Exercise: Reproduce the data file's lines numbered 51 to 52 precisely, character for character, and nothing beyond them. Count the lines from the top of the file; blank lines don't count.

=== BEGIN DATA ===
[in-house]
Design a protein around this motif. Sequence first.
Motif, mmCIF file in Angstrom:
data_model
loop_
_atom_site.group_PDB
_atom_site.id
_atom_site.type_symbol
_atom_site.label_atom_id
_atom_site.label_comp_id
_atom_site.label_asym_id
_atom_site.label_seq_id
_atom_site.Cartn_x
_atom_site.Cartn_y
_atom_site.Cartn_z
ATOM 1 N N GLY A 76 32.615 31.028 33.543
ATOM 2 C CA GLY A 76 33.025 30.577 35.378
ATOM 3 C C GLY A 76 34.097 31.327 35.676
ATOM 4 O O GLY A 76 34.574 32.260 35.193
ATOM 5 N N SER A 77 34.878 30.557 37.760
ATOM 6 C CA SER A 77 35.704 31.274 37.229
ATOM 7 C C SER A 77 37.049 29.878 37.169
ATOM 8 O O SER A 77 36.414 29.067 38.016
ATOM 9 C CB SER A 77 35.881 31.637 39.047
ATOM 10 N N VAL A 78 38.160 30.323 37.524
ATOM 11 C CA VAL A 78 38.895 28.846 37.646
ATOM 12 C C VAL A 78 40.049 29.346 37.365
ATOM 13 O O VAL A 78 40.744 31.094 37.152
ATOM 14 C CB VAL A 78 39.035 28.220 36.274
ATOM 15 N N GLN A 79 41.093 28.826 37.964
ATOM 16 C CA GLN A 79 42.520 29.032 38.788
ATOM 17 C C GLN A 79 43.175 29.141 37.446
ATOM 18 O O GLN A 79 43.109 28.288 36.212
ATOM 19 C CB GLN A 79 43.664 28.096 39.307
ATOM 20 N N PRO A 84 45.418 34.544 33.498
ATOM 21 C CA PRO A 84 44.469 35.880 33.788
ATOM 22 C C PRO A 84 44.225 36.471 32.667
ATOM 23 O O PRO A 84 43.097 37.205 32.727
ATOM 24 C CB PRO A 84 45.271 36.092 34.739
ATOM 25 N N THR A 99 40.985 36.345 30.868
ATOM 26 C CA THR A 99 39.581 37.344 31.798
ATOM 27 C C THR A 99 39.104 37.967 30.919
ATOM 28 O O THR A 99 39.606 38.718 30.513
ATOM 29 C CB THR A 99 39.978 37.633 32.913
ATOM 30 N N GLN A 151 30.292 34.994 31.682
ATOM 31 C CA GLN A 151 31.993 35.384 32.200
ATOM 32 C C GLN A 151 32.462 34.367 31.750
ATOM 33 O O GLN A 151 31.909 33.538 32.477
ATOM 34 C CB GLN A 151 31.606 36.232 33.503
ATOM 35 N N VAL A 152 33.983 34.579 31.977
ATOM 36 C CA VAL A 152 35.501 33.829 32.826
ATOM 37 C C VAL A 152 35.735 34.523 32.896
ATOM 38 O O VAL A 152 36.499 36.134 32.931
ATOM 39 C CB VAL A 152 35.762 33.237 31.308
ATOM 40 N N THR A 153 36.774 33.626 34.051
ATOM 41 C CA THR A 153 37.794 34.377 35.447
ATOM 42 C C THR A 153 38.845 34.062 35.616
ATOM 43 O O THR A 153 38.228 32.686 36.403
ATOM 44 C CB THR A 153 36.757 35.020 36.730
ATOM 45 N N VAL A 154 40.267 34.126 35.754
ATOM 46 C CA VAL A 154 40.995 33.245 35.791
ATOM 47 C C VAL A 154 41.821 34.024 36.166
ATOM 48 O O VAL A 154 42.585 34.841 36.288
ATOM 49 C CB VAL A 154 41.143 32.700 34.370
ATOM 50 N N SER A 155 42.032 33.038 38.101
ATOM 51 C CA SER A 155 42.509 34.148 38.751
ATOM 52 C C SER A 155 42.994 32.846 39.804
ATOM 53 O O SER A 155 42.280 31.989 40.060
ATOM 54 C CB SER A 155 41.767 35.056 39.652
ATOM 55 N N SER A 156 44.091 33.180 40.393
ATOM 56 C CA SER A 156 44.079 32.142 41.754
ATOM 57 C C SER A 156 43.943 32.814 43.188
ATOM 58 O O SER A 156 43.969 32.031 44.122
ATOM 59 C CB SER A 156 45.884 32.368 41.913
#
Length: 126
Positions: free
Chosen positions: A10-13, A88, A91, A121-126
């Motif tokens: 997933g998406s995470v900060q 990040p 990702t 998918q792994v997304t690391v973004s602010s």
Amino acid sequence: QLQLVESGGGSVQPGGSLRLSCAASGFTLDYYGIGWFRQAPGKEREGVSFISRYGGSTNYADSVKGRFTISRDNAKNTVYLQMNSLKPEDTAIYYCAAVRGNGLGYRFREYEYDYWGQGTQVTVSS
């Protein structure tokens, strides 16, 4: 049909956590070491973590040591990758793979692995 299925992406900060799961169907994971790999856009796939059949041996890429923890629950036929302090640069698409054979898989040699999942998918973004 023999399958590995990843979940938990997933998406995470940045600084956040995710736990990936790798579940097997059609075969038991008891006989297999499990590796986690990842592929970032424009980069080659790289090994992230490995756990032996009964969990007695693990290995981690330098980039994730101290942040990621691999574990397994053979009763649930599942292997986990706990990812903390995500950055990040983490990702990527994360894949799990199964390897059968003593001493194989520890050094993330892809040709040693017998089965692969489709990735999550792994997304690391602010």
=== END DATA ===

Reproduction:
ATOM 36 C CA VAL A 152 35.501 33.829 32.826
ATOM 37 C C VAL A 152 35.735 34.523 32.896